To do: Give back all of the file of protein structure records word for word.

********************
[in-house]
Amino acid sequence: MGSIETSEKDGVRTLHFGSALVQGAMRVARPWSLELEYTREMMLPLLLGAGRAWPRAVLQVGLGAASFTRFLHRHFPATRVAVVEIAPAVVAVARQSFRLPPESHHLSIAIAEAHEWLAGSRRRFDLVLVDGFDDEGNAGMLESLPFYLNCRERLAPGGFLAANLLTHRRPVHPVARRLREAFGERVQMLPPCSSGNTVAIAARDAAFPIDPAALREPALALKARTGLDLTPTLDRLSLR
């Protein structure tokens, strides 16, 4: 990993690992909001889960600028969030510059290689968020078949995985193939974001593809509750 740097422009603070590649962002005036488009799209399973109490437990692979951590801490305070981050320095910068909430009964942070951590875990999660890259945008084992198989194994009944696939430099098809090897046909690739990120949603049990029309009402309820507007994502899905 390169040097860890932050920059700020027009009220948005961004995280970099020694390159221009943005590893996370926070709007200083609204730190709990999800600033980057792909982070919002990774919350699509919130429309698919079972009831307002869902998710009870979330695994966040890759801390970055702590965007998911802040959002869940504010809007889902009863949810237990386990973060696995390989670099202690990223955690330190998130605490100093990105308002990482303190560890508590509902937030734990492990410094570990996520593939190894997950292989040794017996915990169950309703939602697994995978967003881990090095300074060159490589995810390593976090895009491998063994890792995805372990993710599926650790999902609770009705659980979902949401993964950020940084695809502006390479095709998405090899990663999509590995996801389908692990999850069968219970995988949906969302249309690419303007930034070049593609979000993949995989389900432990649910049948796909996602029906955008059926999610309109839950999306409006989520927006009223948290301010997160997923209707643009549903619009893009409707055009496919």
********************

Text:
[in-house]
Amino acid sequence: MGSIETSEKDGVRTLHFGSALVQGAMRVARPWSLELEYTREMMLPLLLGAGRAWPRAVLQVGLGAASFTRFLHRHFPATRVAVVEIAPAVVAVARQSFRLPPESHHLSIAIAEAHEWLAGSRRRFDLVLVDGFDDEGNAGMLESLPFYLNCRERLAPGGFLAANLLTHRRPVHPVARRLREAFGERVQMLPPCSSGNTVAIAARDAAFPIDPAALREPALALKARTGLDLTPTLDRLSLR
């Protein structure tokens, strides 16, 4: 990993690992909001889960600028969030510059290689968020078949995985193939974001593809509750 740097422009603070590649962002005036488009799209399973109490437990692979951590801490305070981050320095910068909430009964942070951590875990999660890259945008084992198989194994009944696939430099098809090897046909690739990120949603049990029309009402309820507007994502899905 390169040097860890932050920059700020027009009220948005961004995280970099020694390159221009943005590893996370926070709007200083609204730190709990999800600033980057792909982070919002990774919350699509919130429309698919079972009831307002869902998710009870979330695994966040890759801390970055702590965007998911802040959002869940504010809007889902009863949810237990386990973060696995390989670099202690990223955690330190998130605490100093990105308002990482303190560890508590509902937030734990492990410094570990996520593939190894997950292989040794017996915990169950309703939602697994995978967003881990090095300074060159490589995810390593976090895009491998063994890792995805372990993710599926650790999902609770009705659980979902949401993964950020940084695809502006390479095709998405090899990663999509590995996801389908692990999850069968219970995988949906969302249309690419303007930034070049593609979000993949995989389900432990649910049948796909996602029906955008059926999610309109839950999306409006989520927006009223948290301010997160997923209707643009549903619009893009409707055009496919």